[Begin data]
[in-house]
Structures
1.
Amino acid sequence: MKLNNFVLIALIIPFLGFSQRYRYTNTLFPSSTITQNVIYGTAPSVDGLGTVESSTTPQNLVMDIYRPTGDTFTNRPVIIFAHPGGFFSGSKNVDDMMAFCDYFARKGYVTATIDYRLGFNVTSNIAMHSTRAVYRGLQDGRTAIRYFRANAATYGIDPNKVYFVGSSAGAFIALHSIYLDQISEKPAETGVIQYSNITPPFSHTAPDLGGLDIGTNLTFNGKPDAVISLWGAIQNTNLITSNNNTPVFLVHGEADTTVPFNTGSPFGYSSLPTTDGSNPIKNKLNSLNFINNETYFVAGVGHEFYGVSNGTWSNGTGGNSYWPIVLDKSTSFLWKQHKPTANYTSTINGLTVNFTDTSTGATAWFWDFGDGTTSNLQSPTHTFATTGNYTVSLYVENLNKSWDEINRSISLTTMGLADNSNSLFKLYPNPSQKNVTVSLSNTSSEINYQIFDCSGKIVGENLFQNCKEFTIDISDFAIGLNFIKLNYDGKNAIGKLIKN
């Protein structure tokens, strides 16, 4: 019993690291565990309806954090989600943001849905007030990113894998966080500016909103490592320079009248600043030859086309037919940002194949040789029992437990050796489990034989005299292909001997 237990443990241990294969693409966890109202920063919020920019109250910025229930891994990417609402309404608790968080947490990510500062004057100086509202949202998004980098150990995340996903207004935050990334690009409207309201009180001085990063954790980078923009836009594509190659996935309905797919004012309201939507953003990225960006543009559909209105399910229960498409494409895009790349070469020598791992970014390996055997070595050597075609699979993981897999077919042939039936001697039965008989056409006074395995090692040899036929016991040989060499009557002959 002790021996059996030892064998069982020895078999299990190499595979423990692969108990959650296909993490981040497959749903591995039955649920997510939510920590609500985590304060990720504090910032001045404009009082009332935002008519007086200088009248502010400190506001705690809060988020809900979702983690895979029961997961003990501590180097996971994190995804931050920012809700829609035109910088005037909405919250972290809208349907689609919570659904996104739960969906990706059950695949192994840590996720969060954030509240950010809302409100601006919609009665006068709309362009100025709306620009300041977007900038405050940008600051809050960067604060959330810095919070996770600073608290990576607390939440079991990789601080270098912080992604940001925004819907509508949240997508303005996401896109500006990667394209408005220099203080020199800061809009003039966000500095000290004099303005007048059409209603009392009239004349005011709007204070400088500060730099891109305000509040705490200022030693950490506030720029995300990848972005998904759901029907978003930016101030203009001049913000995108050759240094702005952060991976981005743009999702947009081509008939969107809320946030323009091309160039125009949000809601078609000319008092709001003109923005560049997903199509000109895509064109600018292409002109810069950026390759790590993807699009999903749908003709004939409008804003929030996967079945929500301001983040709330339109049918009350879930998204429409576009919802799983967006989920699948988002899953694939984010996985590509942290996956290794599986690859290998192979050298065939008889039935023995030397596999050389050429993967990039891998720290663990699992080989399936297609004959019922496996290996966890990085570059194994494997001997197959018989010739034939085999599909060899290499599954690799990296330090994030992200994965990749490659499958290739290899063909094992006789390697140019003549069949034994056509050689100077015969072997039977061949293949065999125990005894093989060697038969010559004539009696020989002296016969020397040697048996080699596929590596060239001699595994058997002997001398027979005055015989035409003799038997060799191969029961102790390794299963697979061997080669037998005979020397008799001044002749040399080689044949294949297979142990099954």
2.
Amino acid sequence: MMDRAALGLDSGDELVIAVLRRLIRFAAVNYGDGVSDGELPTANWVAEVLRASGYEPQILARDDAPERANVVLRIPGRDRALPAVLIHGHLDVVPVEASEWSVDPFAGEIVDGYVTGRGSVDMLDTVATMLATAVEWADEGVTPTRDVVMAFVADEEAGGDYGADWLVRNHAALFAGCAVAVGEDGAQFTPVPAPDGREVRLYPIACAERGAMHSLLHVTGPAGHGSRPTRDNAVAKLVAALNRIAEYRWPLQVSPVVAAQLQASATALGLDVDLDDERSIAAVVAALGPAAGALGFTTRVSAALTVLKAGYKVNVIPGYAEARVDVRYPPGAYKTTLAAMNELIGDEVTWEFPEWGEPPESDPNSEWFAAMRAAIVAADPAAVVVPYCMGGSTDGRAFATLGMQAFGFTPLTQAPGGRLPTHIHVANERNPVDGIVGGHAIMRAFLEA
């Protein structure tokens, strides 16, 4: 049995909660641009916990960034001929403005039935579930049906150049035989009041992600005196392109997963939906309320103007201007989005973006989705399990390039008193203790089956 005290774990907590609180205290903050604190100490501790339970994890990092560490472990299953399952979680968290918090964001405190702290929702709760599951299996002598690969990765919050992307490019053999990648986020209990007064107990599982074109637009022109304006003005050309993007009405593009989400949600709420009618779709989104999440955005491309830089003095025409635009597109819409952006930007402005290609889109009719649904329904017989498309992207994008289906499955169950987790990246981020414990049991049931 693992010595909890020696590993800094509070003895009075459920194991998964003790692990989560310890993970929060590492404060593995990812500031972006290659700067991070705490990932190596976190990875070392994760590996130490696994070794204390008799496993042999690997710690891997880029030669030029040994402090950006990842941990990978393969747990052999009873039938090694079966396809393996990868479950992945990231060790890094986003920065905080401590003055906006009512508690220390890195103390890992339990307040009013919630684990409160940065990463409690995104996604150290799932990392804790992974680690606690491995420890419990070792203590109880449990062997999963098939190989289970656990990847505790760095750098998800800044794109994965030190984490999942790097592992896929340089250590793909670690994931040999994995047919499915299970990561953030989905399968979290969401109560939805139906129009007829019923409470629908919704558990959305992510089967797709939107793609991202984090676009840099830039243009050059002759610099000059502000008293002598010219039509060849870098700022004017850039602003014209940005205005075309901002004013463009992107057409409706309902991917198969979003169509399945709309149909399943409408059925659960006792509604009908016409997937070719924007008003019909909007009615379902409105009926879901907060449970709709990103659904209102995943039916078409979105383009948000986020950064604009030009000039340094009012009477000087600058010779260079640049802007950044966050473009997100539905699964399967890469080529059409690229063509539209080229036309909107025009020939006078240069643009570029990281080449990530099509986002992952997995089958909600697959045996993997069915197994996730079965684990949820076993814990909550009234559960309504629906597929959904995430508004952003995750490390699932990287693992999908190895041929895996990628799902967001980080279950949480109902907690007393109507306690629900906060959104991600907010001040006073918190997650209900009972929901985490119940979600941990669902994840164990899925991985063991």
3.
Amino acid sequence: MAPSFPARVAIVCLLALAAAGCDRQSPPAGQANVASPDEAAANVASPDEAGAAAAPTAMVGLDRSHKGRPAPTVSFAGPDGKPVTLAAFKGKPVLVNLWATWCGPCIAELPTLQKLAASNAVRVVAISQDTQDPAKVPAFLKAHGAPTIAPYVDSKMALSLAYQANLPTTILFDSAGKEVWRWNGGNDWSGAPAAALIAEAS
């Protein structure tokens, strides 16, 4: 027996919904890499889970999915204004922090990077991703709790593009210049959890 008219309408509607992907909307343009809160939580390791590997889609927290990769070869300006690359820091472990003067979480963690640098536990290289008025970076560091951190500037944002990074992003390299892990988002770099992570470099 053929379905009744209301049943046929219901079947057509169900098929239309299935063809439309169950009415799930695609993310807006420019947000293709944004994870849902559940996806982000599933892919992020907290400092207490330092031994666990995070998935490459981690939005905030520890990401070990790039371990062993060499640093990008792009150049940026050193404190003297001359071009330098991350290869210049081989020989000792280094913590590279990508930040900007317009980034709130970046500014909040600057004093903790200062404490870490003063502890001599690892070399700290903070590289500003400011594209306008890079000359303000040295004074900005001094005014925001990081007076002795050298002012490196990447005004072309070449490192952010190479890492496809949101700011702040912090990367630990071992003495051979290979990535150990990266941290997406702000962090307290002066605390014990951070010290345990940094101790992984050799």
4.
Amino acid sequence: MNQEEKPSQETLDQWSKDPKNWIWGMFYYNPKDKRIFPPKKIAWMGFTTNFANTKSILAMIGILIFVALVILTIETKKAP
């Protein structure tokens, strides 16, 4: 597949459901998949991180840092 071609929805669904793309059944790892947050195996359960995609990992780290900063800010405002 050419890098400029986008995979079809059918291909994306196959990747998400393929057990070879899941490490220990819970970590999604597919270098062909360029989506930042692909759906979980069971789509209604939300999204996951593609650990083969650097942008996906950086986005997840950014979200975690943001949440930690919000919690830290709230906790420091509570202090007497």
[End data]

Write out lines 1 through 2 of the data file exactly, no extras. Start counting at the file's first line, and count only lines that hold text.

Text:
[in-house]
Structures